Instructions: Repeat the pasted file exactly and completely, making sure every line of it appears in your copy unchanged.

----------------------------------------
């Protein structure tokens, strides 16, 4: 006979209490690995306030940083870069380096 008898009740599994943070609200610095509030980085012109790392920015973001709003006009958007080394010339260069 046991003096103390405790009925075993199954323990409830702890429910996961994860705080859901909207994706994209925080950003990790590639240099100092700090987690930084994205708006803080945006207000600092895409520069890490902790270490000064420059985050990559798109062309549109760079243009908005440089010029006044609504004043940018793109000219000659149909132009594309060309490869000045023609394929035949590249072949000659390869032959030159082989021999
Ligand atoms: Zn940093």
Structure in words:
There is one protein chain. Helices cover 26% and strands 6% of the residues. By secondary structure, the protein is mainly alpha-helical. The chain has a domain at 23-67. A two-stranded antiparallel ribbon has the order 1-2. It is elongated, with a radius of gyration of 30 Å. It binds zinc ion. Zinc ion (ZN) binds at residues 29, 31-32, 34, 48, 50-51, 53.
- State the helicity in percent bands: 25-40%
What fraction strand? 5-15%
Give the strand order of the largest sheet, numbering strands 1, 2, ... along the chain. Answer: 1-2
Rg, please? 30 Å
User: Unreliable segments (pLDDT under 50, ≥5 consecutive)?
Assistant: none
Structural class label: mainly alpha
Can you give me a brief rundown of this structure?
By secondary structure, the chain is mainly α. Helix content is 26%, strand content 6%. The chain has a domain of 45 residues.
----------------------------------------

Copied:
């Protein structure tokens, strides 16, 4: 006979209490690995306030940083870069380096 008898009740599994943070609200610095509030980085012109790392920015973001709003006009958007080394010339260069 046991003096103390405790009925075993199954323990409830702890429910996961994860705080859901909207994706994209925080950003990790590639240099100092700090987690930084994205708006803080945006207000600092895409520069890490902790270490000064420059985050990559798109062309549109760079243009908005440089010029006044609504004043940018793109000219000659149909132009594309060309490869000045023609394929035949590249072949000659390869032959030159082989021999
Ligand atoms: Zn940093």
Structure in words:
There is one protein chain. Helices cover 26% and strands 6% of the residues. By secondary structure, the protein is mainly alpha-helical. The chain has a domain at 23-67. A two-stranded antiparallel ribbon has the order 1-2. It is elongated, with a radius of gyration of 30 Å. It binds zinc ion. Zinc ion (ZN) binds at residues 29, 31-32, 34, 48, 50-51, 53.
- State the helicity in percent bands: 25-40%
What fraction strand? 5-15%
Give the strand order of the largest sheet, numbering strands 1, 2, ... along the chain. Answer: 1-2
Rg, please? 30 Å
User: Unreliable segments (pLDDT under 50, ≥5 consecutive)?
Assistant: none
Structural class label: mainly alpha
Can you give me a brief rundown of this structure?
By secondary structure, the chain is mainly α. Helix content is 26%, strand content 6%. The chain has a domain of 45 residues.